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London Climate Change Agency
Partnership with EDF Energy
In March 2006 the Mayor announced that EDF Energy had been chosen to work in partnership with the London Climate Change Agency to drive forward work that will provide decentralised, more efficient energy supplies for London. Read more about the partnership with EDF Energy.
Launch of the London Climate Change Agency
London’s political and business leaders are joining together to tackle London’s carbon dioxide emissions through the London Climate Change Agency, launched by the Mayor and Deputy Mayor on 20 June 2005. Read press release on London Climate Change Agency launch.
The agency will work closely with the private sector to tackle climate change. It is receiving substantial support from the Mayor’s business arm, the London Development Agency (LDA), and top UK and global companies. Founding supporters of the Agency are BP, HSBC, Lafarge, Legal & General, Sir Robert McAlpine, and Johnson Matthey. Support is also coming from Corporation of London, Carbon Trust, Energy Saving Trust and the Rockerfeller Brothers Fund.
The Mayor’s Energy Strategy commits London to reducing its emissions of carbon dioxide by 20 per cent, relative to the 1990 level, by 2010. The London Climate Change Agency will be a key driving force in accelerating reductions in emissions in London.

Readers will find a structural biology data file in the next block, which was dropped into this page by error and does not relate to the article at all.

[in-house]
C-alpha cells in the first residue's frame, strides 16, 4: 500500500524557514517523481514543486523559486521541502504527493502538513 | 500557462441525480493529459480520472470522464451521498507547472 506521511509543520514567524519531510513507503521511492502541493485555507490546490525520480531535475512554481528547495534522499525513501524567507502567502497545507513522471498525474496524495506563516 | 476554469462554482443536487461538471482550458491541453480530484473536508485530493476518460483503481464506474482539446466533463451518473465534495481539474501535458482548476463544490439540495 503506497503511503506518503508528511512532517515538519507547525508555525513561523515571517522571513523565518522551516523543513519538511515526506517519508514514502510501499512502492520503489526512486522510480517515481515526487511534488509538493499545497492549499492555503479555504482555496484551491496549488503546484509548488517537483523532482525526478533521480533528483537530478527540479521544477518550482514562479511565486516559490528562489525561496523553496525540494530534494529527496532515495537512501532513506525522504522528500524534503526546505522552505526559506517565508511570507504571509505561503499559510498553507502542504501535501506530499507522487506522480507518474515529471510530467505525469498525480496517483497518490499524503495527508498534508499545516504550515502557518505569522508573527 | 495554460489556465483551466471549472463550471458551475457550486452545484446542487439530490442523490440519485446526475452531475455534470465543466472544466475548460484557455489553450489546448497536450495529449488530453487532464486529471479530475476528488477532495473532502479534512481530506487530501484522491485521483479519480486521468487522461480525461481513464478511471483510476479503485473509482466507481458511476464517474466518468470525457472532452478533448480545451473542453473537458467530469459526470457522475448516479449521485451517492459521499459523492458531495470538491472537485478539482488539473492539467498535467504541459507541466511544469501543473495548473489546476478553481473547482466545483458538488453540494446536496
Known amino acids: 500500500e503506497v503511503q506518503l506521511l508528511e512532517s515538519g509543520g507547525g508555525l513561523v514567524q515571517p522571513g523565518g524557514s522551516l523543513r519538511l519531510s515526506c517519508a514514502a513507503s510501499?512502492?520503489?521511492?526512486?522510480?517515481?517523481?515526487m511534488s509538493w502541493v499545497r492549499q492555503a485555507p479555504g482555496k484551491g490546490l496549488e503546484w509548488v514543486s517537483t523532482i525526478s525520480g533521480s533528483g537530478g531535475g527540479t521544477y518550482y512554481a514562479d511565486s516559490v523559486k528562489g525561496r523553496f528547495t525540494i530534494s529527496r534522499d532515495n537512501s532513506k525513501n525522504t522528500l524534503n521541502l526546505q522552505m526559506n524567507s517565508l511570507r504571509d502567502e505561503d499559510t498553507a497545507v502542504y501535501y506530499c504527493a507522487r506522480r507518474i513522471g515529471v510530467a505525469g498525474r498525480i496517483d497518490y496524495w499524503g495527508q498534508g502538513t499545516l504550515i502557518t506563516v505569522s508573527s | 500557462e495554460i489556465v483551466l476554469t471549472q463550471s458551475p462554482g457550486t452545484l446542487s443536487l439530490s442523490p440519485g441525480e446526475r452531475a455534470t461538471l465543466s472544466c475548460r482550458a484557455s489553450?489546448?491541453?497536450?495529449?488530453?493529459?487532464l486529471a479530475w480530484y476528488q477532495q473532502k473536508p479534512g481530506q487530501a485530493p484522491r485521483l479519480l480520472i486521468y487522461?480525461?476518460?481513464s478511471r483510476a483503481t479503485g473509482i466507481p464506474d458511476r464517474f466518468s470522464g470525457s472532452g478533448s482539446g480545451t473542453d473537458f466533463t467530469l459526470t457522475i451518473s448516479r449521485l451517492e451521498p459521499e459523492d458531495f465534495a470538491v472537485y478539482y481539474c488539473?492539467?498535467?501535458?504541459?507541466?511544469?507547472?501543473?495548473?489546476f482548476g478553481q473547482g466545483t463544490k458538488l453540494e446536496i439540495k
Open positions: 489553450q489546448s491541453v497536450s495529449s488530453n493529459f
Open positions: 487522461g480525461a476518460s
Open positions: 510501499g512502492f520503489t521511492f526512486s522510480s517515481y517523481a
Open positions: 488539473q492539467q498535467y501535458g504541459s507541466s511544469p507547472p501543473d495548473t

The new agency is being established as a municipally owned company. It will enter into partnerships with private sector firms to deliver low and zero-carbon energy projects and services. This will be a combination of combined cooling, heat and power, energy efficiency, renewables and other innovative technology in new developments and retrofit projects. The Agency, under Allan Jones MBE, who has pioneered this approach in Woking, will seek to catalyse markets for renewable energy and energy service in London. Some projects may be waste, water or transport related.
The Mayor’s 2004 election manifesto promised to create a London Climate Change Agency. With the UK holding the presidency of the G8 and the EU in 2005, it is a timely opportunity to focus on addressing climate change both at home and at an international level.
In his first term the Mayor launched the London Hydrogen Partnership and the London Energy Partnership, which are already facilitating work to tackle climate change, fuel poverty, air quality and build London's green economy. The Climate Change Agency will provide a new delivery mechanism to complement these initiatives.
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